Robots hit the streets as demand for food delivery grows

ANN ARBOR -- Robotic food delivery is not just science fiction. It may not be available in your area anytime soon.

Robots hit the streets as demand for food delivery grows

ANN ARBOR -- Robotic food delivery is not just science fiction. It may not be available in your area anytime soon.

Many hundreds of tiny robots, __ about knee-high and capable of holding four large pizzas __ can now navigate college campuses and some city sidewalks across the U.S., U.K. and other countries. Although robots were initially being tested before the coronavirus struck, companies that make them claim that they have been deployed faster due to pandemic-related labor shortages as well as a preference for contactless delivery and growing preferences.

Alastair Westgarth (CEO of Starship Technologies), said that "we saw demand for robotic usage just go through a ceiling." Starship Technologies recently delivered its 2 millionth robot. "I believe demand was always there but was brought forward by pandemic effects."

Starship now has over 1,000 robots in its fleet, compared to just 250 in 2019. Many more robots will soon be added to Starship's fleet. They are currently delivering food to 20 U.S. universities; 25 more will soon follow. They also operate on the streets of Modesto, California, Milton Keynes, England, and Tallin, Estonia.

There are many robot designs. Some have four wheels while others have six. They use sensors, GPS, cameras and laser scanners to navigate streets and sidewalks. They travel at 5 mph.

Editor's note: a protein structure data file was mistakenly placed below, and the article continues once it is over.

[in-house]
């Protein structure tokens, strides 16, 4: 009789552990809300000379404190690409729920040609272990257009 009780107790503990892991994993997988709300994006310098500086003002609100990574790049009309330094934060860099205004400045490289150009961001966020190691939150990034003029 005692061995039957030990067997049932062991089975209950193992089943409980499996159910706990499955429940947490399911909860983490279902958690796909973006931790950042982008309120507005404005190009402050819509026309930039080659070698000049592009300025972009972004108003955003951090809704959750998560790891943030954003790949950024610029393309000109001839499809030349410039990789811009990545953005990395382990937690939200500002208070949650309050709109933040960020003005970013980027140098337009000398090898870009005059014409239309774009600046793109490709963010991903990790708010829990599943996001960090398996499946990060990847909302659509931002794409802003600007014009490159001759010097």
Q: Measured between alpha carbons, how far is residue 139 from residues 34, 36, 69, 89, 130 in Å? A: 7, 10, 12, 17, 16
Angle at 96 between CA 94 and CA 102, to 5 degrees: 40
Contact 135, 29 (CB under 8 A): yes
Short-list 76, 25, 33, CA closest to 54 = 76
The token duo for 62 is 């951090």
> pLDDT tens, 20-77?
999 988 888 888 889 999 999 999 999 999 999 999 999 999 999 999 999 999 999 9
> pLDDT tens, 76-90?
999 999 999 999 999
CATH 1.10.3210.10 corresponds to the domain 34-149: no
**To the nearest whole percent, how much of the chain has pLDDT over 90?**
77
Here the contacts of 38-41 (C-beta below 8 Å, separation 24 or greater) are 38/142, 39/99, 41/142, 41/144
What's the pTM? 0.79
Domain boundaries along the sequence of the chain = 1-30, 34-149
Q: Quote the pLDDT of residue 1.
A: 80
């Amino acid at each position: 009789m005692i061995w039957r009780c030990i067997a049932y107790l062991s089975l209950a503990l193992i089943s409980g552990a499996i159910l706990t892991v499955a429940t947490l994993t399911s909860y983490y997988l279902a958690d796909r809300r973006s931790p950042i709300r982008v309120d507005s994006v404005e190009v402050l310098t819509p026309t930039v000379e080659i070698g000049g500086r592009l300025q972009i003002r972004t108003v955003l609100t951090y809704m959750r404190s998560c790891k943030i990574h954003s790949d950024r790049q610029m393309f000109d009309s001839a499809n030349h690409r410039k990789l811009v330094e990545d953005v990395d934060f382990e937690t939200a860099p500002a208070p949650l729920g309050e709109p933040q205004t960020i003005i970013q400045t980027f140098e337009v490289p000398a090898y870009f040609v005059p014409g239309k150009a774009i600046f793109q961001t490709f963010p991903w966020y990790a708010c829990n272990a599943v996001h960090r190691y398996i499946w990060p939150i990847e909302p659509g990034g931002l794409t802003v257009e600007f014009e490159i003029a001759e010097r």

Remote operators monitor multiple robots at once, but they claim they rarely have to brake or steer around obstacles. Customers can use their phones to enter a code that opens the lid of their robot's container and retrieve their food when it arrives at its destination.

Robots are limited in their utility for now due to some drawbacks. They are electric and must be recharged regularly. They are slow and generally stick to a pre-mapped area.

They are also rigid. For example, a customer cannot tell a robot that it should leave food outside of the door. Some big cities, such as San Francisco, Beijing, and New York, have crowded streets that are hostile to them.

Analyst Bill Ray from Gartner says robots can make sense in colleges and newer communities that have wide sidewalks.